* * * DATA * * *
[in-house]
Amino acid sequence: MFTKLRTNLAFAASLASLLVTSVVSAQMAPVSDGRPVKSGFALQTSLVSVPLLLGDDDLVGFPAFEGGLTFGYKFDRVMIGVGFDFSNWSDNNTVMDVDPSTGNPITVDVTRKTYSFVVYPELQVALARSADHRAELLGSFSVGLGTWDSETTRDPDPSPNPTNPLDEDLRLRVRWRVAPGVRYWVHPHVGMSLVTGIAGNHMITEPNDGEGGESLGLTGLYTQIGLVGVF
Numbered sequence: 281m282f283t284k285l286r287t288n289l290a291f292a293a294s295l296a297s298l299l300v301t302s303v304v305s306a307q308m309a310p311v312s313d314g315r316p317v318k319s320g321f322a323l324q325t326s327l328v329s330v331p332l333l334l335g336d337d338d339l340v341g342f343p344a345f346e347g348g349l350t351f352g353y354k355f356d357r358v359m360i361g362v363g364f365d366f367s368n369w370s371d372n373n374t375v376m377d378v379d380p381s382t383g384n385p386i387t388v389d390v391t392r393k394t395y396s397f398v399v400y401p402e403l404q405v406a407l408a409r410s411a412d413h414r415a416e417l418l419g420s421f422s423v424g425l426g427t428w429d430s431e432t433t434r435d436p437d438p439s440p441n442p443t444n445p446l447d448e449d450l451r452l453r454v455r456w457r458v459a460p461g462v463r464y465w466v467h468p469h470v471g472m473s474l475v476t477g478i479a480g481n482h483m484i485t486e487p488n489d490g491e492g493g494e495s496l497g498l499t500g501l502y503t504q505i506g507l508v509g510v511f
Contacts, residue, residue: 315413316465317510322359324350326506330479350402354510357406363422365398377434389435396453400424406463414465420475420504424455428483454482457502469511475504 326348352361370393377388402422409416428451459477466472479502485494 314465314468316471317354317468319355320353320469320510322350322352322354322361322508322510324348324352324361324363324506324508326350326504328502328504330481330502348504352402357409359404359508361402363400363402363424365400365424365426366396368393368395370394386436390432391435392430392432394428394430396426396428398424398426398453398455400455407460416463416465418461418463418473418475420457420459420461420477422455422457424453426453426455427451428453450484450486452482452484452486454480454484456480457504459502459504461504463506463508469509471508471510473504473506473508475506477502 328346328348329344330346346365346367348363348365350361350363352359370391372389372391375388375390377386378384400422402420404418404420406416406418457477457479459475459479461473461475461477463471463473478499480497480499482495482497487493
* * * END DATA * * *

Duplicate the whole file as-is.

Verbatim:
[in-house]
Amino acid sequence: MFTKLRTNLAFAASLASLLVTSVVSAQMAPVSDGRPVKSGFALQTSLVSVPLLLGDDDLVGFPAFEGGLTFGYKFDRVMIGVGFDFSNWSDNNTVMDVDPSTGNPITVDVTRKTYSFVVYPELQVALARSADHRAELLGSFSVGLGTWDSETTRDPDPSPNPTNPLDEDLRLRVRWRVAPGVRYWVHPHVGMSLVTGIAGNHMITEPNDGEGGESLGLTGLYTQIGLVGVF
Numbered sequence: 281m282f283t284k285l286r287t288n289l290a291f292a293a294s295l296a297s298l299l300v301t302s303v304v305s306a307q308m309a310p311v312s313d314g315r316p317v318k319s320g321f322a323l324q325t326s327l328v329s330v331p332l333l334l335g336d337d338d339l340v341g342f343p344a345f346e347g348g349l350t351f352g353y354k355f356d357r358v359m360i361g362v363g364f365d366f367s368n369w370s371d372n373n374t375v376m377d378v379d380p381s382t383g384n385p386i387t388v389d390v391t392r393k394t395y396s397f398v399v400y401p402e403l404q405v406a407l408a409r410s411a412d413h414r415a416e417l418l419g420s421f422s423v424g425l426g427t428w429d430s431e432t433t434r435d436p437d438p439s440p441n442p443t444n445p446l447d448e449d450l451r452l453r454v455r456w457r458v459a460p461g462v463r464y465w466v467h468p469h470v471g472m473s474l475v476t477g478i479a480g481n482h483m484i485t486e487p488n489d490g491e492g493g494e495s496l497g498l499t500g501l502y503t504q505i506g507l508v509g510v511f
Contacts, residue, residue: 315413316465317510322359324350326506330479350402354510357406363422365398377434389435396453400424406463414465420475420504424455428483454482457502469511475504 326348352361370393377388402422409416428451459477466472479502485494 314465314468316471317354317468319355320353320469320510322350322352322354322361322508322510324348324352324361324363324506324508326350326504328502328504330481330502348504352402357409359404359508361402363400363402363424365400365424365426366396368393368395370394386436390432391435392430392432394428394430396426396428398424398426398453398455400455407460416463416465418461418463418473418475420457420459420461420477422455422457424453426453426455427451428453450484450486452482452484452486454480454484456480457504459502459504461504463506463508469509471508471510473504473506473508475506477502 328346328348329344330346346365346367348363348365350361350363352359370391372389372391375388375390377386378384400422402420404418404420406416406418457477457479459475459479461473461475461477463471463473478499480497480499482495482497487493